Back in 2007, when Brazil was elected unchallenged as host nation of the 2014 FIFA World Cup, it all seemed so promising: Lula da Silva had just secured his second term as president, new oil discoveries had been made, and the economy was booming. Despite the huge logistical and infrastructural challenges it entailed, few questioned whether Brazil would be able to pull it off. Just under two years later, the country received yet another vote of confidence, with Rio de Janeiro confirmed as the host city for the 2016 Summer Olympics. O país do futebol (or the country of football) e do Carnaval (and Carnival) was on the right track.
In 2010, Brazil’s economy grew at its fastest pace in 24 years, with a 7.5 percent surge. But fast forward to June 2013, and what you see is the largest series of protests in a generation, with more than one million people taking to the streets of several Brazilian cities during the Confederations Cup, a dress rehearsal for this summer’s event. What was triggered by bus and metro fare hikes quickly escalated into widespread riots and discontent over a number of issues, including political corruption, poor public services and a rise in inflation.
In a nutshell, rapid economic growth brought along a “new middle class” that demands more than consumer goods. It wants to ensure its high income tax money goes into decent healthcare, security, education and housing. As The Economist put it at the time, “the marches are a sign that they are waking up to the fact that they pay taxes and deserve decent public services, not just shiny stadiums.”
According to the AFP, Brazil is spending more than $11 billion (eight billion euros) to host the World Cup, which many Brazilians would rather see spent on public service improvements. The fact that the run-up to the world’s largest sporting event has been marked by several construction malfunctions, accidents and delays is only adding fuel to the fire. Last November, part of the Itaqueirão stadium, where the opening match will take place, fell over and killed two workers (the death toll is now at six). This week, parts from the roof of the Mineirão stadium fell onto the pitch during a storm, just hours before a regional championship match.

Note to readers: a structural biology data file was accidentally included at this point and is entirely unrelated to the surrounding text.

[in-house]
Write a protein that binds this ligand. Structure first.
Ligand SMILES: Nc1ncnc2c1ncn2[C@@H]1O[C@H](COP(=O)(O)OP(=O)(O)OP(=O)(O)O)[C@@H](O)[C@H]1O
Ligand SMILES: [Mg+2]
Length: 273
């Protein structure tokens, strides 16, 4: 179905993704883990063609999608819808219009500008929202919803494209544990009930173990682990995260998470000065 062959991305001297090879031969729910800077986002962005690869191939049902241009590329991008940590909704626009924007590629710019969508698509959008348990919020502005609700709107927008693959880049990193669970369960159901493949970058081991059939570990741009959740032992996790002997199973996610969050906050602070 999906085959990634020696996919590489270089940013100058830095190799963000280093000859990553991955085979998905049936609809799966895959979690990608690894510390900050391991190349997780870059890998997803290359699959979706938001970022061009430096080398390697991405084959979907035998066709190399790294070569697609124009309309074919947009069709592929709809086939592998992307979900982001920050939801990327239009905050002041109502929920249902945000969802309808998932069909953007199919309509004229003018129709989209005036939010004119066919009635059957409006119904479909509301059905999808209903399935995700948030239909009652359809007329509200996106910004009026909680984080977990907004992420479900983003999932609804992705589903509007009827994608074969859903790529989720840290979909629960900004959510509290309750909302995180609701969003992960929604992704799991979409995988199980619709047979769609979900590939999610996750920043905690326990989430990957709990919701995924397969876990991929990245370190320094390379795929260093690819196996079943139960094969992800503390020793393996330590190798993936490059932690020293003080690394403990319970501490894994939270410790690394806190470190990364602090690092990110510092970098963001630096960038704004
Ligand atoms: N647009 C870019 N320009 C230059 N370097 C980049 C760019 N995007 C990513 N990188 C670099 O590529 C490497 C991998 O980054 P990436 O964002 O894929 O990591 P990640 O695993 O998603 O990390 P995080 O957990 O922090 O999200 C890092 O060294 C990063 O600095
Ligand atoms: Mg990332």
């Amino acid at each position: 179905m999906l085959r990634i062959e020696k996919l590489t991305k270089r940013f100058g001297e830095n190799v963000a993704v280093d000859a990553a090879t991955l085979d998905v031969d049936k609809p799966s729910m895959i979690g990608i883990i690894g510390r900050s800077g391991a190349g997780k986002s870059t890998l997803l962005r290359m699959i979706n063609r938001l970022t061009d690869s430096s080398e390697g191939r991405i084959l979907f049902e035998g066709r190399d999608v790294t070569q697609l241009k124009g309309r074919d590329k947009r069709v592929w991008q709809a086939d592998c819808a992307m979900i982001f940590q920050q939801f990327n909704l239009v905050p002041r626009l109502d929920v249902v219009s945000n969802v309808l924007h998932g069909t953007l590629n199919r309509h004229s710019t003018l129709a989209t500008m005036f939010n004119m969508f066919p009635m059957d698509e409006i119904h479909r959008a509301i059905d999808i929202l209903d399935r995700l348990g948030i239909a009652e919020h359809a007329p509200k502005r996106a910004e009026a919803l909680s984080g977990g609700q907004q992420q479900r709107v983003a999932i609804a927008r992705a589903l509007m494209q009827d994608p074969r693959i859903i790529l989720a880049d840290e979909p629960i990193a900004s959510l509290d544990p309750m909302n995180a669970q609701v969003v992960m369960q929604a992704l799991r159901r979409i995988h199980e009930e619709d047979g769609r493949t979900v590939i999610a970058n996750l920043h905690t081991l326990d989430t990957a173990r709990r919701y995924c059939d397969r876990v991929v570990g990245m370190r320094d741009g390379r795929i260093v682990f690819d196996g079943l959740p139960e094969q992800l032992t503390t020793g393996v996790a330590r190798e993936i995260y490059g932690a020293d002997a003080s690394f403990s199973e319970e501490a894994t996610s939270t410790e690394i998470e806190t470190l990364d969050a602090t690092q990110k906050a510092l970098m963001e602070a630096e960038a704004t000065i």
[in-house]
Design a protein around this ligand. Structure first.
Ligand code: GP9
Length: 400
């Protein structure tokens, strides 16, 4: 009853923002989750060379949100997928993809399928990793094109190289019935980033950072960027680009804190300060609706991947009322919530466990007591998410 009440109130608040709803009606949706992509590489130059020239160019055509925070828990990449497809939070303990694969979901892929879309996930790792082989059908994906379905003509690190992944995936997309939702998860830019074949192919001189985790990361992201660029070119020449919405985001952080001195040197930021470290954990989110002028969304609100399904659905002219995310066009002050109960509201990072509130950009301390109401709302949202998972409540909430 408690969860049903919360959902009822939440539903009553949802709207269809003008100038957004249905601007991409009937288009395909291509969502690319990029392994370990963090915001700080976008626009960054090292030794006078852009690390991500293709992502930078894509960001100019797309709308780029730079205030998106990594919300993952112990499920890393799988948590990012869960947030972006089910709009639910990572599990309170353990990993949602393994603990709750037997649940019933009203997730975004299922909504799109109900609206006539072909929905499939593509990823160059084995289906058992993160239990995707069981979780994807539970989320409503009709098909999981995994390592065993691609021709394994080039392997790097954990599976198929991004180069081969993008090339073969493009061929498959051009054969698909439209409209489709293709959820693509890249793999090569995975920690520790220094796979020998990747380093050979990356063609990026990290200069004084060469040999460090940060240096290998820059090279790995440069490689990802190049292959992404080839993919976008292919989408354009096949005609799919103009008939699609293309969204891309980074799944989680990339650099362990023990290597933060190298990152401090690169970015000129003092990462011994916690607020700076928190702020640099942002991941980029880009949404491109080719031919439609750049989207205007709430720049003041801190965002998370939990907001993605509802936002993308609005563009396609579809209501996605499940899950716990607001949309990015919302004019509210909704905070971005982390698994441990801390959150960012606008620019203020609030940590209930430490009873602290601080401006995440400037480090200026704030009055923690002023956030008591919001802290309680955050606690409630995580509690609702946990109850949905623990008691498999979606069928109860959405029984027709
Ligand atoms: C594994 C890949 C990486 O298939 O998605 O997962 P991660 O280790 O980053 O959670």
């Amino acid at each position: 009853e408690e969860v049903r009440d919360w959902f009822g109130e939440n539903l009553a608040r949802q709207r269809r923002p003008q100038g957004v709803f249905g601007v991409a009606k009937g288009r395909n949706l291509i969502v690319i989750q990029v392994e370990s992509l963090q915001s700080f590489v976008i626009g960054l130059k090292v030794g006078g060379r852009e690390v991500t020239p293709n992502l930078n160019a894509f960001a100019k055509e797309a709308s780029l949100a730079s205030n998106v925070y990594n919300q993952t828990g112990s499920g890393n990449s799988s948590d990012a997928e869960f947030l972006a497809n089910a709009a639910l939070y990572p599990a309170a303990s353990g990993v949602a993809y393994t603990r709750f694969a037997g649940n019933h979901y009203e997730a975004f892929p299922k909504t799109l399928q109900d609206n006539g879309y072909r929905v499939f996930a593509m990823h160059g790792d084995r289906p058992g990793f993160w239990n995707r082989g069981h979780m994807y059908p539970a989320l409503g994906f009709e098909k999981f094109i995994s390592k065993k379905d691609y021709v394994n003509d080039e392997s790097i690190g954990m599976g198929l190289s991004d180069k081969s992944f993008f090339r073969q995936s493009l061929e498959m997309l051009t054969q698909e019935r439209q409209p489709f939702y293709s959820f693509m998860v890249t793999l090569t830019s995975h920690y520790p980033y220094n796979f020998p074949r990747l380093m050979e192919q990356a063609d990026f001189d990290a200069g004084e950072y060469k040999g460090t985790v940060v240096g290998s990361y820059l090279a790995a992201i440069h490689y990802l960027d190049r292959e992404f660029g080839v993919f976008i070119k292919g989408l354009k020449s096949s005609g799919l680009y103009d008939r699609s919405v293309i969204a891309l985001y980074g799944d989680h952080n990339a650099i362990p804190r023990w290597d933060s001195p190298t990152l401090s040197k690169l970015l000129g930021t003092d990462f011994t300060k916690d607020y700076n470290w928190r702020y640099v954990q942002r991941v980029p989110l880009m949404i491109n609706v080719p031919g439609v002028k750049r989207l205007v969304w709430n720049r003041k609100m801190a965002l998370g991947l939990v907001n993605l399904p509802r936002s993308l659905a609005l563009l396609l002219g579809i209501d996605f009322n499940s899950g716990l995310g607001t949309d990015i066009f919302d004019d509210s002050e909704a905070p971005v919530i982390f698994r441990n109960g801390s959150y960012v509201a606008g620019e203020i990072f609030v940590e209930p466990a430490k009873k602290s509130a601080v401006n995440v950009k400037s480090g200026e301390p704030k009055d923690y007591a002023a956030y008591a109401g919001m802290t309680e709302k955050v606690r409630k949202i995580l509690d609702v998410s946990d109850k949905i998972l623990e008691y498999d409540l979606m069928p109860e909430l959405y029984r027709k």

But is it all so bad? Of course not. Let’s remember that, over the last decade, more than 30 million people in Brazil have gone from poverty to the consuming classes. And while growth has slowed significantly, Brazil’s economy grew 0.7% in the last quarter of last year, which according to Finance Minister Guido Mantega, “was a surprise even for the government.”
But president Dilma Rousseff, whose approval rating has recently fallen for the first time in seven months, can’t just put a band-aid on the nation’s underlying issues by stepping up security and hoping for the best, for that might not be enough to manage tensions in the long-term. That is, however, what seems to be happening in the country.
“I think at the end of the day Brazil’s image in the world will be determined by what people see in the World Cup,” Brazil’s deputy Sports Minister Luis said Fernandes at a press conference in the southern coastal city of Florinopolis. So we’ll have to wait and see if this will be a peaceful World Cup, and, as FIFA President Sepp Blatter puts it, pray to “God, Allah, whoever” to ensure everything is ready on time.